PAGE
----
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652 ”Ovarian cancer in young women”: results in a cohort spanning 7 years
  1. LP Castillo Rabazo,
  2. B Gil Ibanez,
  3. C Alvarez,
  4. G Lopez Gonzalez,
  5. MDLR Oliver,
  6. L Escudero Villegas,
  7. E Felipe Pardo and
  8. A Tejerizo
  1. Madrid, Ginecologia y Obstetricia, Hospital 12 de Octubre, Madrid, Spain


Introduction/Background*Ovarian cancer is the eighth most frequent cancer worldwide. Although the vast majority of ovarian cancers are diagnosed in postmenopausal women and at advanced stage, a significant subset occurs in younger women. Our objective is to describe the diagnosis and treatment of ovarian cancer in young women in a tertiary Spanish hospital during a 7-year period.

Methodology Retrospective descriptive cohort study of patients aged between 18 and 45 years old diagnosed with ovarian cancer between 01/2012 and 12/2019 at University Hospital 12 de Octubre, Madrid, Spain.

Result(s)*A total of 34 women were included. The mean age at diagnosis was 35.9 years old and the mean body mass index (BMI) was 23.7 kg/m2. 22/34 (64.7%) women were nulligesta; 6/34 (17.6%) had a family history of breast/ovarian cancer; 7/34 (19.6%) were smokers and 3/34 (7.8%) were BRCA mutated.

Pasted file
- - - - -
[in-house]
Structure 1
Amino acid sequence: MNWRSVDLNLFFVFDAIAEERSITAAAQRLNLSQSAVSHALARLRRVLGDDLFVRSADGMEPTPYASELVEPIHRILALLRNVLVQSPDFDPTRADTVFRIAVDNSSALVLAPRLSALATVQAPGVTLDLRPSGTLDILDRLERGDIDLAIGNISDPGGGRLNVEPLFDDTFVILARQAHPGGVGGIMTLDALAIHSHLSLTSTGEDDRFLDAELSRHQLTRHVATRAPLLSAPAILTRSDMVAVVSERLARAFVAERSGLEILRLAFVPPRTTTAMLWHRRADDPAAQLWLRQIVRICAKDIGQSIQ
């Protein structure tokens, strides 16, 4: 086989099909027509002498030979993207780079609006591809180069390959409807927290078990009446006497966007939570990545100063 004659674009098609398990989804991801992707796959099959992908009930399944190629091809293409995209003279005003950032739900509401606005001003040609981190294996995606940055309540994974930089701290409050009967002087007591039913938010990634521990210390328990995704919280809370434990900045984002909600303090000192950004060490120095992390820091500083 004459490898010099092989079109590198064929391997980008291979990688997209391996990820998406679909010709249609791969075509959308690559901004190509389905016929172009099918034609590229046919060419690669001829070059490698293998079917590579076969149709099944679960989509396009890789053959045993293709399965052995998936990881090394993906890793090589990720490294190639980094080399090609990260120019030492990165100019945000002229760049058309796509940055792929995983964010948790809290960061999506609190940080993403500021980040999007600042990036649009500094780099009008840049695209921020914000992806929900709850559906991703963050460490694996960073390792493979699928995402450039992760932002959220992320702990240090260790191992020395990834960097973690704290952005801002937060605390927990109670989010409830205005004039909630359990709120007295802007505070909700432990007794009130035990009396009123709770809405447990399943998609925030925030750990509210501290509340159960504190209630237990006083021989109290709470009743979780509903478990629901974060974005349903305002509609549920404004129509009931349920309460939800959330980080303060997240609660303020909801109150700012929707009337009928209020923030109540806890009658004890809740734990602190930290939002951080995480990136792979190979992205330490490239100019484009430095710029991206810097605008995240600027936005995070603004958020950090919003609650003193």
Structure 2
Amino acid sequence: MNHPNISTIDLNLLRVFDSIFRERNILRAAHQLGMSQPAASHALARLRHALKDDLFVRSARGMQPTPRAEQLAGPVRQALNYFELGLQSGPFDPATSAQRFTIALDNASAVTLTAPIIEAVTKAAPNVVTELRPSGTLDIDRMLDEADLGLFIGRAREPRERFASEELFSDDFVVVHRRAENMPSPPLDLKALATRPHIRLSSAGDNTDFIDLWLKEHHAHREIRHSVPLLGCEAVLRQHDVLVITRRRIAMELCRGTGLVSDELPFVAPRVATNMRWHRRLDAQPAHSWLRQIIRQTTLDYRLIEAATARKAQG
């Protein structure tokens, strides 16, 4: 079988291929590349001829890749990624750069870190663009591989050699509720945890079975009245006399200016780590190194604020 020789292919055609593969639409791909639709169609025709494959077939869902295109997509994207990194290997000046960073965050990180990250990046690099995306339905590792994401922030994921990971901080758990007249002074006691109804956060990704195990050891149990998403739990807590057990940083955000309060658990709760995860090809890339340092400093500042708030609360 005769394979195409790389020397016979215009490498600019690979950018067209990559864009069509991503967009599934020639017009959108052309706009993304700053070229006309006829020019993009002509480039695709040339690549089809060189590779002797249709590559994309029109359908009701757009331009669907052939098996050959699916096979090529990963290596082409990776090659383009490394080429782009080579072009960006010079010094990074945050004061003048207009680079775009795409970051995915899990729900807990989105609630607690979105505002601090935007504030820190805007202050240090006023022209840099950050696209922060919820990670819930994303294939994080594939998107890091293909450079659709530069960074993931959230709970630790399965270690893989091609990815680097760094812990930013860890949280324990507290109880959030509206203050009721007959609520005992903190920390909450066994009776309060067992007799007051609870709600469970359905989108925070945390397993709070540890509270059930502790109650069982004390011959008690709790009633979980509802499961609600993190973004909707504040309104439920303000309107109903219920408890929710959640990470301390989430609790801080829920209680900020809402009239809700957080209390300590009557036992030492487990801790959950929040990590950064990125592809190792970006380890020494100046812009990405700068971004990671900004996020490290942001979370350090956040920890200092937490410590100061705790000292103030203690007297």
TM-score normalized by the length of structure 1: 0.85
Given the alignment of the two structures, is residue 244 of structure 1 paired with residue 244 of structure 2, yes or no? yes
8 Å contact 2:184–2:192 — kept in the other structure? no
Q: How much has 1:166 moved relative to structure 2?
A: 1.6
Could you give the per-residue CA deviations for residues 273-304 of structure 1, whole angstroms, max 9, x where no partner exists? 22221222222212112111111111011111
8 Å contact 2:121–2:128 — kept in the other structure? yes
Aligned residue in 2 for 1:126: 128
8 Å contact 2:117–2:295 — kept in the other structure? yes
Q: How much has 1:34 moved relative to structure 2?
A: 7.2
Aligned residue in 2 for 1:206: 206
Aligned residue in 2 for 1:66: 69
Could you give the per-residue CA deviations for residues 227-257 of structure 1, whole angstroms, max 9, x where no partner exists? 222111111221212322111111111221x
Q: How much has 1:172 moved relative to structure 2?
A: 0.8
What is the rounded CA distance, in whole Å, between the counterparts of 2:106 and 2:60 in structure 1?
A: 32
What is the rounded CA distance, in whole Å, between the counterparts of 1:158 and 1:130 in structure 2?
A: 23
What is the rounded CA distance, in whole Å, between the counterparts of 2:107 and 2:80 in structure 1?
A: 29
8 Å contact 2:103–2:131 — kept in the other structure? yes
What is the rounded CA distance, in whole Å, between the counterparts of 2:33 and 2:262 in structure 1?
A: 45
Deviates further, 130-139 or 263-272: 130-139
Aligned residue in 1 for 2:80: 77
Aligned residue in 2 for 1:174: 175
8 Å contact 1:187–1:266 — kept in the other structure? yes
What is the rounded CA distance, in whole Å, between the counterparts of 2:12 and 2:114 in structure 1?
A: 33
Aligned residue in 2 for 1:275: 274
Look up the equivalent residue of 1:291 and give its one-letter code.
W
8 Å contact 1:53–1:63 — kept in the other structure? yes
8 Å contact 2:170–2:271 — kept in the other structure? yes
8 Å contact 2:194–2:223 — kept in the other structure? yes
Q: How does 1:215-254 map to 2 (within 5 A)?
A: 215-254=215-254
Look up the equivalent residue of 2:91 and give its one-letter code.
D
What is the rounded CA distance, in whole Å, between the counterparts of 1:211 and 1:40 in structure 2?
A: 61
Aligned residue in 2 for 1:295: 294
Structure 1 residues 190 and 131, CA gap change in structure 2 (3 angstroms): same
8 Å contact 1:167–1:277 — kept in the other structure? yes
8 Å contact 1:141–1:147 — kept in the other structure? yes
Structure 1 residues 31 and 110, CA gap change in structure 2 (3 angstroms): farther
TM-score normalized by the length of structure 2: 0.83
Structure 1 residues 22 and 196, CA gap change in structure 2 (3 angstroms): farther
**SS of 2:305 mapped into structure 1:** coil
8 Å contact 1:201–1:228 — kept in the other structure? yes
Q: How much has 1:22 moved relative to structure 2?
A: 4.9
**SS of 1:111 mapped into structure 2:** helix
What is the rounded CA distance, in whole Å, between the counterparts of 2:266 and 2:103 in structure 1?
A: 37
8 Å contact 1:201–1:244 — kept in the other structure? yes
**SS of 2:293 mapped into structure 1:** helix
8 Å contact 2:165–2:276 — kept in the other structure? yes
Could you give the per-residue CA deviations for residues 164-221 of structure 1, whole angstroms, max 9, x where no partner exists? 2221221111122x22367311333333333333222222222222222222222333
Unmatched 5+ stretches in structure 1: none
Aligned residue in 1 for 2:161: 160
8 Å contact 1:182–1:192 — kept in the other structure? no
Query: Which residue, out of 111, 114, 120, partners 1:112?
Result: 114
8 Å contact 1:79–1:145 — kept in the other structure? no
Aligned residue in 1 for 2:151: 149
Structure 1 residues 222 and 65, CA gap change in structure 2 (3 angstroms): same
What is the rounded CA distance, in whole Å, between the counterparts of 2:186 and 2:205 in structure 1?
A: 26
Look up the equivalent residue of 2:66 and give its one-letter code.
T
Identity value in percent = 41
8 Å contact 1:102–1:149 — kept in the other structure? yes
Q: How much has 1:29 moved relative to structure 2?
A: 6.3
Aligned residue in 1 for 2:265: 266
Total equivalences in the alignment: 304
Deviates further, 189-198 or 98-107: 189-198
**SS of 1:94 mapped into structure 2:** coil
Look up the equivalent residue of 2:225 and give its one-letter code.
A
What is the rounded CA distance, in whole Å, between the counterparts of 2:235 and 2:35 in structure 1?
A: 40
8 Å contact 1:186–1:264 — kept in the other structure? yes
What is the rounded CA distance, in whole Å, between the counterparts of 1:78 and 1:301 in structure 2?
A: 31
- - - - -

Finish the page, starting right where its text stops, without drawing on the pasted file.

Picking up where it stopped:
The mean tumor’s size in presurgical imaging workup (ultrasound, CT or MRI scan) was 110.1 ± 68.5mm. The mean Ca-125 serum concentration was 128.4 U/mL in FIGO stages I-II and 393.7 U/mL in FIGO stages III-IV.

The diagnostic method was adnexectomy in 79.4% of the patients; 55.9% performed by laparotomy. 29/34 (85.3%) patients presented epithelial tumours (20.6% low-grade serous, 14.7% high-grade serous, 17.6% mucinous, 14.7% clear cells, 14.7% endometrioid) and 5/34 non epithelial (5.9% dysgerminoma and 11.8% other non epithelial histology). 23/34 (67.6%) patients were diagnosed at FIGO stages I-II.

In patients with FIGO stage III-IV, 4/11 (36.4%) of patients underwent primary cytoreductive surgery and 6/11 (54.5%) of patients underwent surgery after neoadjuvant chemotherapy. Complete tumor resection was obtained in 90.9% of all surgeries. Fertility preservation was possible in 7/34 patients (20.6%).

Mean follow up time was 48.4 ± 24.7 months. Five patients (14.7%) relapsed, one patient (3.4%) died because of disease and one patient (3.4%) died because other disease.

At the time of last follow up, 28/34 (82.4%) women were tumor free, 2/34 (5.8%) were alive with disease, 2/34 (5.8%) were lost in the follow up.

Conclusion*As reported in literature, women under 45 years old are often diagnosed with early stage ovarian cancer and present optimal survival results with low recurrence rate.

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